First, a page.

Five Tips for Reading Maps
1. Choose the right map. There are lots of types of maps. They have different scales, so it can be hard to choose the right one. A 50,000:1 map (1 foot on the map corresponds to 50,000 feet in the 3D world) gives you a good overview of an area. A 25,000:1 or 10,000:1 map gives you a lot more detail.
2. Learn to recognize topographical features on maps. Get to know the symbols for roads, bridges, streams, hills, buildings, and natural markers. Notice the concentric circles that get smaller and smaller as you climb a steep path up a mountainside or a hill.
3. Learn to trust the map. When you get lost, go back to the last feature you recognized on the map. Then use the map to navigate from there.
4. Get used to using a compass when you use your map. That’s what those compass points on your map are for.
5. Practice, practice, practice. The more often you use maps to find your way, the better you will get at using them.
How to Use a Compass
Now that you have a basic idea of how to use a paper map, what about another method of navigation, the compass? The compass has been around for about 2,000 years and uses the Earth’s own magnetic field. It’s a deceptively simple piece of technology that won’t go down because you’re out of batteries or can’t connect to a network.
While a compass can be used with or without a map, using a compass requires a bit more than just reading a paper map does. Plus, if you don’t know the difference between true north and magnetic north as well as how to align your compass, you could end up just as lost or more lost while trying to use a compass to find your way as if you didn’t have anything to help you when you’re lost in the wilderness. Even being off by 1 degree, will get you 100 ft off route for every mile you travel. If you’re only going a mile, that’s not so bad, but what if you need to travel 10 or 20 or 30 miles?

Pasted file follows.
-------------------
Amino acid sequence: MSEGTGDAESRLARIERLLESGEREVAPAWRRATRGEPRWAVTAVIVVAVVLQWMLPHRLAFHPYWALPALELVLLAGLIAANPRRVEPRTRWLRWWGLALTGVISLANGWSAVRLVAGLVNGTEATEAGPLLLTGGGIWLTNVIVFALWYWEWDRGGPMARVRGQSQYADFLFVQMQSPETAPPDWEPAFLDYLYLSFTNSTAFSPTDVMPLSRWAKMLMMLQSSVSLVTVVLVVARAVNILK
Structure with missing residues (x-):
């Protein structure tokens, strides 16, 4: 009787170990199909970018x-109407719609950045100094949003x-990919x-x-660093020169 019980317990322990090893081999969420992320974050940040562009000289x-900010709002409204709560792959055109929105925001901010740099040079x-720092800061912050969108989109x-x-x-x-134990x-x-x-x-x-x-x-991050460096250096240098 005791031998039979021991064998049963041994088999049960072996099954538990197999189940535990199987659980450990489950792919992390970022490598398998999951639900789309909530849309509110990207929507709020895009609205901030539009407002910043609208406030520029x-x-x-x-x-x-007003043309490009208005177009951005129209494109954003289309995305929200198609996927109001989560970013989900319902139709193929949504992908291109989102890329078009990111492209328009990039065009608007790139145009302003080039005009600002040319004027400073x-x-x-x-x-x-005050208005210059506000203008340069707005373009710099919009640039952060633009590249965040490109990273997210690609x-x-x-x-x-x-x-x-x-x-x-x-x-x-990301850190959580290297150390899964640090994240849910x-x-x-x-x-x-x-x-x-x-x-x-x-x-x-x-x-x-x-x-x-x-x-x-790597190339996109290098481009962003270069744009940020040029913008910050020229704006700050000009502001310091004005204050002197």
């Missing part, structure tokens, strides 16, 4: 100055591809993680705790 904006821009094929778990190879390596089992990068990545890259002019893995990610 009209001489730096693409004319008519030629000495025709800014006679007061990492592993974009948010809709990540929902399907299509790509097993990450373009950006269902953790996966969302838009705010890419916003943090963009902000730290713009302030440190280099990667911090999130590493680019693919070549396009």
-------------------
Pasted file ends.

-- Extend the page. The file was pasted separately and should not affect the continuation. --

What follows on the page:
To learn how to use your compass, there are several great step by step how-to guides and videos you can check out like this one from wikiHow or this video from REI. There’s not enough time to provide a highly detailed how-to here but the basics are as follows:
- Get familiar with your compass and its parts and practice with it a lot until you’re confident you can use it correctly.
- Learn how to hold your compass correctly and always point the direction of travel arrow away from you.
- Learn how to properly align/calibrate your compass so you know how to find True North – remember your compass points to Magnetic North. The term for the difference between True North and Magnetic North is “declination.” You can find the correct declination for where you are online or on a map that’s recent.
- To use your compass without a map, first, figure out which direction you’re headed and use it to help you face the correct direction of where you need to go.
- You can also use a compass to find where you are on a map or to plot out a route on a map. Obviously, for a roadmap, you usually won’t need to use a compass with your map. But if you’re trying to find your way on a wilderness or trail map, or are hiking off trail, then combining a compass and a paper map can help you find your way and keep you from getting lost.
Just remember, for using a compass correctly, you need to make sure you know where True North is!
Don’t Forget When You’re Using a Compass
The Earth’s geographic poles aren’t at exactly the same locations as the Earth’s magnetic poles. For your compass to find True North, you will have to adjust your compass for declination, so it points north, south, east, and west to correspond with your map. You can get the declination you need for your area from the National Oceanic and Atmospheric Administration (NOAA) magnetic declination.
Don’t get us wrong. We love GPS. GPS tracking is our business after all. However, just relying on GPS to navigate everywhere can backfire. There will be times when your phone’s battery runs out or when you can’t get on the network, or you don’t have a cellular or Wi-Fi signal. What happens if you’re lost and don’t know how to use simple tools to find your way back home or to your destination?
By ensuring you know and understand how to use old technologies like a map and a compass, as well as how to use them together, you’ll never have to worry about what might happen if you can’t access your GPS. For millennia, people knew how to navigate without GPS, and you can too.
What do you think? Do people rely too much on GPS for navigation? Let us know in the comments below.
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This post was written by Writer